5 Likes

This is a meaningless tautology. It cannot be falsified, while adaptability can be falsified. Fitness can be measured by a measure of survival and reproducibility, but it cannot ne defined by this. One cannot say that organisms are fit because they are fit.

Then it’s good that we don’t say that. We say that some organisms are more likely to leave offspring, and we define that quality as “more fit”.

1 Like

How does one identify those organisms who are more likely to leave offspring? Let us say that we can say that fat organisms are more likely to leave offspring (and to verify this statement), then we can say that fat organisms are fit.

1 Like

Usually, you identify traits that are more or less fit, by counting offspring or by looking for rapidly increasing allele frequencies. You can define the fitness of an individual organism by averaging over their traits, but that’s only a realistic exercise for artificial strains with minimal genetic variation.

2 Likes

This post was flagged by the community and is temporarily hidden.

Exactly. There are objective things about a man that make him attractive – whether or not we’ve figured out what they are.

Did you see what you just did there? You went from “There must be objective features that make him attractive” to “I should be able to determine…” Those are not analogous statements at all. The analogous statement is, “There must be objective features that determine the fitness of a cheetah.” And there are, whether we understand them or not.

Now, in both cases, we understand some of the objective features, but not all of them. I can tell you with little doubt that a lame cheetah, or one with bad eyesight, or a bad digestive system, will be less fit; I can’t tell you whether a 2% faster cheetah will be less fit. I can tell you that I’m less attractive than Valentino; I can’t tell you whether Tom Cruise is less attractive than Valentino.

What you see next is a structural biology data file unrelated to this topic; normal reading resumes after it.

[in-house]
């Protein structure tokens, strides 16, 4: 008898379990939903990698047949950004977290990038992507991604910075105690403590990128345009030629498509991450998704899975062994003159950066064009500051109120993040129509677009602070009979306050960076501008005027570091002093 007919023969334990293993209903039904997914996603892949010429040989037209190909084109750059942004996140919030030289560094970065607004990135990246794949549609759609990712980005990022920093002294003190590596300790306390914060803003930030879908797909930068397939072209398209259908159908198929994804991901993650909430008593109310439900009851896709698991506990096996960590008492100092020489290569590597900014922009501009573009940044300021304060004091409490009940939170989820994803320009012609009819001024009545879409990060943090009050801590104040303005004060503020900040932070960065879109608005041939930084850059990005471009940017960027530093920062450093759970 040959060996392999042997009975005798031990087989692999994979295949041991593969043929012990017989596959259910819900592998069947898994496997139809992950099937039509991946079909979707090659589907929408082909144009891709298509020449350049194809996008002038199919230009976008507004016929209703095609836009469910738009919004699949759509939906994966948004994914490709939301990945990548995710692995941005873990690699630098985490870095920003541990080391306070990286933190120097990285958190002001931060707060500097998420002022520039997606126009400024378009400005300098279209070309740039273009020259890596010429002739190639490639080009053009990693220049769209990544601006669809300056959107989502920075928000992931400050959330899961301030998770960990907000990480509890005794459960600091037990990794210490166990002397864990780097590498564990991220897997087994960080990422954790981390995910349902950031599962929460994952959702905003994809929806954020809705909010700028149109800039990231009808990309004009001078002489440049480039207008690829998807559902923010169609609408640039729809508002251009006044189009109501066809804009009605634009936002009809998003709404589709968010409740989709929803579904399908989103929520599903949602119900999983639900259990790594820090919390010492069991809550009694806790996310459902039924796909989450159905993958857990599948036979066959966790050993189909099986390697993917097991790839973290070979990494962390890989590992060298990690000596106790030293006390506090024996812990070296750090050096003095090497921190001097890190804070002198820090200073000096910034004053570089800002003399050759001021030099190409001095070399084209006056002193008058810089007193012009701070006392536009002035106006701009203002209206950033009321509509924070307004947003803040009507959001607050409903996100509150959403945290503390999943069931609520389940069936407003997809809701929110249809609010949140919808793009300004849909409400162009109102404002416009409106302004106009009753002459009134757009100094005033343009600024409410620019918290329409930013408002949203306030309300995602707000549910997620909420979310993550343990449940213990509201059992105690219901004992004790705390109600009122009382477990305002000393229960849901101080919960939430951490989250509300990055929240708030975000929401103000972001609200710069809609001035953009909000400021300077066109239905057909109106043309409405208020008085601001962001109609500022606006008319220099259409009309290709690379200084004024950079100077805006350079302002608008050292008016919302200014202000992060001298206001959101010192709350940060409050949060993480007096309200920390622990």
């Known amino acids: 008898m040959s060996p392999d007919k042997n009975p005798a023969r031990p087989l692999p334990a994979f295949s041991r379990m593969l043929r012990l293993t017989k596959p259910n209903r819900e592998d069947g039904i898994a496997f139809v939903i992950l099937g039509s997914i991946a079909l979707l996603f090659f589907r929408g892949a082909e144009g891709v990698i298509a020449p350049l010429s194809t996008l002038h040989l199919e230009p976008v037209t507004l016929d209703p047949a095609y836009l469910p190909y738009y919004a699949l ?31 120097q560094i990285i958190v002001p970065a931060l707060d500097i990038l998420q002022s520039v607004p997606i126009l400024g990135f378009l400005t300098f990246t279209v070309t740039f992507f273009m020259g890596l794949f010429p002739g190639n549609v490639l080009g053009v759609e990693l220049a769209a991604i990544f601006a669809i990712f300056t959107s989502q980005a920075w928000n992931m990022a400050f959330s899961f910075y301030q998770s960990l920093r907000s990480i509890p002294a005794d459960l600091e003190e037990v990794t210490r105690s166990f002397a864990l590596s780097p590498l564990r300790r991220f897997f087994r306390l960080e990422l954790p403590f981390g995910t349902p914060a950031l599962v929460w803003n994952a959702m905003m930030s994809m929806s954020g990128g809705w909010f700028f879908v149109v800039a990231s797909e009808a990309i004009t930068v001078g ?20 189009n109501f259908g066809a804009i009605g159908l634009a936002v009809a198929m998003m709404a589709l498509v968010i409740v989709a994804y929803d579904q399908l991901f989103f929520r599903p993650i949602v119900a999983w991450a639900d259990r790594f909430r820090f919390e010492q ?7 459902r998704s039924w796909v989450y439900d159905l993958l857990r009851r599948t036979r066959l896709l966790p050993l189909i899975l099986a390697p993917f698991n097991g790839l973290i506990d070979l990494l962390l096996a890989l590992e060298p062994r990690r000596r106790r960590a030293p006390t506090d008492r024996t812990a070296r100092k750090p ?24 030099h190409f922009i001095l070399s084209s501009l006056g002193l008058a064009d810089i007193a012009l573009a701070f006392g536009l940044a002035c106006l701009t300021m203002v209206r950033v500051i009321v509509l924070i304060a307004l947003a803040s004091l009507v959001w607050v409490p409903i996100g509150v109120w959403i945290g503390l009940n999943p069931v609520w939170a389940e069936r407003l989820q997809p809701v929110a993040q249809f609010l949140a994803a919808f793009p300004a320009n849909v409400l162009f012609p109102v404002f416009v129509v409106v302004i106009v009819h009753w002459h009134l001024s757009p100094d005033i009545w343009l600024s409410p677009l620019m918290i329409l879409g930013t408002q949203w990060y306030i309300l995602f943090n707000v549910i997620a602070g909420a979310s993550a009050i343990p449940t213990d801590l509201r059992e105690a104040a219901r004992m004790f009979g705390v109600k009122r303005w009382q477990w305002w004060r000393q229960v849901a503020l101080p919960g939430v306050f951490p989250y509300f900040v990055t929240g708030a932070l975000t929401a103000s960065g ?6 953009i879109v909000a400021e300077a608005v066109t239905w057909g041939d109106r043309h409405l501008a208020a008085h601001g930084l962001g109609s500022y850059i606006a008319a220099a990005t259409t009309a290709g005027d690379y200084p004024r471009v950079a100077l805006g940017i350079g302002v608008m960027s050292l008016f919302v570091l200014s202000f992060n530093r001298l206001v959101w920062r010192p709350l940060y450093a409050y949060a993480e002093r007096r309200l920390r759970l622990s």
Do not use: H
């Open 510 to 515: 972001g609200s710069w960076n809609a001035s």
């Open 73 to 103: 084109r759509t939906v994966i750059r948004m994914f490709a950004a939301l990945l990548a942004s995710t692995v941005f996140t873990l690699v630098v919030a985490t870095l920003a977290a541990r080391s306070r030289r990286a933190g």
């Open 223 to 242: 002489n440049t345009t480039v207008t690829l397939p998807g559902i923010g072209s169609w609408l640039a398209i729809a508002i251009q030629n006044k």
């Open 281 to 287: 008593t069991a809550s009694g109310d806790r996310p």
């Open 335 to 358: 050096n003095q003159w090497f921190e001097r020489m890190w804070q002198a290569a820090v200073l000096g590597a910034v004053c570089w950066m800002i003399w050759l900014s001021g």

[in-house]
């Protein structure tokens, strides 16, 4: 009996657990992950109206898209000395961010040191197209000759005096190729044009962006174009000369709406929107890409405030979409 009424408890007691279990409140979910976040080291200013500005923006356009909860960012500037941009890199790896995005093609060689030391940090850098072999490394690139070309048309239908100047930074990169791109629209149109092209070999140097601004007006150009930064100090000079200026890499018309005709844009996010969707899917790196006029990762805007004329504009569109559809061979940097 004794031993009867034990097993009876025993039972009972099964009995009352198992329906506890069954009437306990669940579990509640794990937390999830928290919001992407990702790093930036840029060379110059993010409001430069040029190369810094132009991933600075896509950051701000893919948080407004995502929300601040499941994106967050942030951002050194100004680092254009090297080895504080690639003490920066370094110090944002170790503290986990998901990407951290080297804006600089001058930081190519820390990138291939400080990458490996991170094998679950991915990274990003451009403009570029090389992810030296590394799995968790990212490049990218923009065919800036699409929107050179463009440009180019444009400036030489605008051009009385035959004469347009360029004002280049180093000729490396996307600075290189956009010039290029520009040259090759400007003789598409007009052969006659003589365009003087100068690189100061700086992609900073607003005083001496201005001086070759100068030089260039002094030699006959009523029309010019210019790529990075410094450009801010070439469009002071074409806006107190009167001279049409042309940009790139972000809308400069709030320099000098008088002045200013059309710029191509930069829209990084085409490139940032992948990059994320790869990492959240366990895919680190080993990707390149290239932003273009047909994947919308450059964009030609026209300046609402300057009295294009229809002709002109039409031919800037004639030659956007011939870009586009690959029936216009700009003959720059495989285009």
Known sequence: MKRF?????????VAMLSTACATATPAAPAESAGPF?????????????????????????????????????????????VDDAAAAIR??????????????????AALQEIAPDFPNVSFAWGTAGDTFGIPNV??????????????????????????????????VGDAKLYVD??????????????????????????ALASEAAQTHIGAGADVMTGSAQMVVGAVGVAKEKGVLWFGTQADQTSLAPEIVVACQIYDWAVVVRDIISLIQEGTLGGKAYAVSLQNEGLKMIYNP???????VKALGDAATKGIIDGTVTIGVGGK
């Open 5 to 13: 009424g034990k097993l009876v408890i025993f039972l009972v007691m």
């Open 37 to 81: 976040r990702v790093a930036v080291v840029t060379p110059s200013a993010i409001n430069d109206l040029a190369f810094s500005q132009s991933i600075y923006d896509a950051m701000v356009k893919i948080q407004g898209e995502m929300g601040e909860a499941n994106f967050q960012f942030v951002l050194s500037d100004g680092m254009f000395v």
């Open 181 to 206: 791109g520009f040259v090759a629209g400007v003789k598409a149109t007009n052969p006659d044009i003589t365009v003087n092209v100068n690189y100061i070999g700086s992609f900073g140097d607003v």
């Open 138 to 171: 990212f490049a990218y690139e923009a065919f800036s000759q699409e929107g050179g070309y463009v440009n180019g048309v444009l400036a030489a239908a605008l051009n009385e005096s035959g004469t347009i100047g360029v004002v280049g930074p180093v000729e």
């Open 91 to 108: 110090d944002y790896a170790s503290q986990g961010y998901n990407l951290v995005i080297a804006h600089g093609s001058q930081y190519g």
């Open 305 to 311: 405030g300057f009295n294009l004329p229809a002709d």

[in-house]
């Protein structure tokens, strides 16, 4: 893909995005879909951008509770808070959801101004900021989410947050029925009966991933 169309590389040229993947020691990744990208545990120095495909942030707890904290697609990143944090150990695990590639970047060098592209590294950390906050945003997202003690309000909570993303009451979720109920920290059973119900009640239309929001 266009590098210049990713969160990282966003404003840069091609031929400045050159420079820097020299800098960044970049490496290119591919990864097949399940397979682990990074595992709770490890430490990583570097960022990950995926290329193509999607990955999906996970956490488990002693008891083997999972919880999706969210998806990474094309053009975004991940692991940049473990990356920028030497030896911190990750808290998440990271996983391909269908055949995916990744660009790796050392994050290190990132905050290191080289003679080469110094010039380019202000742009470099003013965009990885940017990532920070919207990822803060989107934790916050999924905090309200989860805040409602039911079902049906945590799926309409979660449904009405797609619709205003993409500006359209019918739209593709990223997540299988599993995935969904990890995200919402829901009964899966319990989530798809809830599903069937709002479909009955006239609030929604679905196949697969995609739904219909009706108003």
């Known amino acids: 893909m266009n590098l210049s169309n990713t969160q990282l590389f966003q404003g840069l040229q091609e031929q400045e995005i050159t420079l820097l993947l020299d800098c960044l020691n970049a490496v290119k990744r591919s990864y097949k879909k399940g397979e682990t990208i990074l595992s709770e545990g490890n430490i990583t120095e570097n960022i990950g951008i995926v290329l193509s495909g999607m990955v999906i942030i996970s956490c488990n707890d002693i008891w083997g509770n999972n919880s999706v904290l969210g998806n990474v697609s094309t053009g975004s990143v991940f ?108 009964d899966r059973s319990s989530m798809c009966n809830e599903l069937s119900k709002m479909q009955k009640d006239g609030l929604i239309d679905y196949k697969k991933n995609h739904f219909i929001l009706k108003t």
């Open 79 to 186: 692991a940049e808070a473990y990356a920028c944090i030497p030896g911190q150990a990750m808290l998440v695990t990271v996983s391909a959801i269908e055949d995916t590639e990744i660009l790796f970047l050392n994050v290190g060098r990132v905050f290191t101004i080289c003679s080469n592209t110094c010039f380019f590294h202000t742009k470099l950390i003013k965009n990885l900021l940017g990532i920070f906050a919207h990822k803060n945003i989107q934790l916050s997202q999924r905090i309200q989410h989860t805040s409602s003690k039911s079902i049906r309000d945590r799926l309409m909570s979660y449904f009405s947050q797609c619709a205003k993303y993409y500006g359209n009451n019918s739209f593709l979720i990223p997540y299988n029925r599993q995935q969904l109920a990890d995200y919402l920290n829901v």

The rest of your argument founders on this basic confusion.

I will also note that there’s nothing at all unusual about distinguishing between a propensity for success and actual success; it’s part of how we interpret the world. As has already been noted, the superior army does not always win the battle. The most attractive man does not always attract the most women. The best team does not always win the World Cup. Sometimes VHS beats Betamax. The race is not to the swift nor the battle to the strong.

2 Likes

Your statement still has some issues that need unpacking. “Barring accidents, the most fit individual will be selected” is not a statement I can assign a meaning to in this framework. I would say that, including accidents, the most fit individual is more likely to reproduce. Success at reproduction is a random process, i.e. it is nothing but accidents; all fitness tells you is how likely an individual is to have more of the successful accidents. There’s no deterministic process that goes on in the absence of accidents.

As is happens, we’re typically more interested in the fate of fitter traits, rather than fitter individuals. We can say, for example, that a newly arisen trait (specifically an additive trait, i.e. neither dominant nor recessive) that gives a 1% fitness advantage has a 2% probability of spreading throughout the population. That’s an unusually large selective advantage, and you see that it’s still easily swamped by the noise of random reproductive success. That’s why viewing success as the normal result – the thing that happens barring accidents – is not likely to give you a good picture of the situation. Fitness is usually a modest bias in a stochastic process.

Even with this clarification, though, there is an additional, subtler complication. If we agree to define the fitter trait as the one that causes the individual to have more offspring on average, then natural selection is the idea that fitter traits will be more likely to increase in frequency than less fit traits (note that this is again a propensity), all other things being equal. The kicker is that sometimes all other things aren’t equal. It sometimes happens that the less fit variant also has the effect of increasing its own inclusion in gametes, so that it’s more likely to be passed on. (Cartoon example: sperm that have the variant kill sperm that don’t have it.) In this case, the less fit trait can still spread and take over the population. To properly handle this kind of situation, you have to treat natural selection as operating on multiple levels, i.e. both the genetic and the organismal level. So a single simple statement about natural selection isn’t adequate.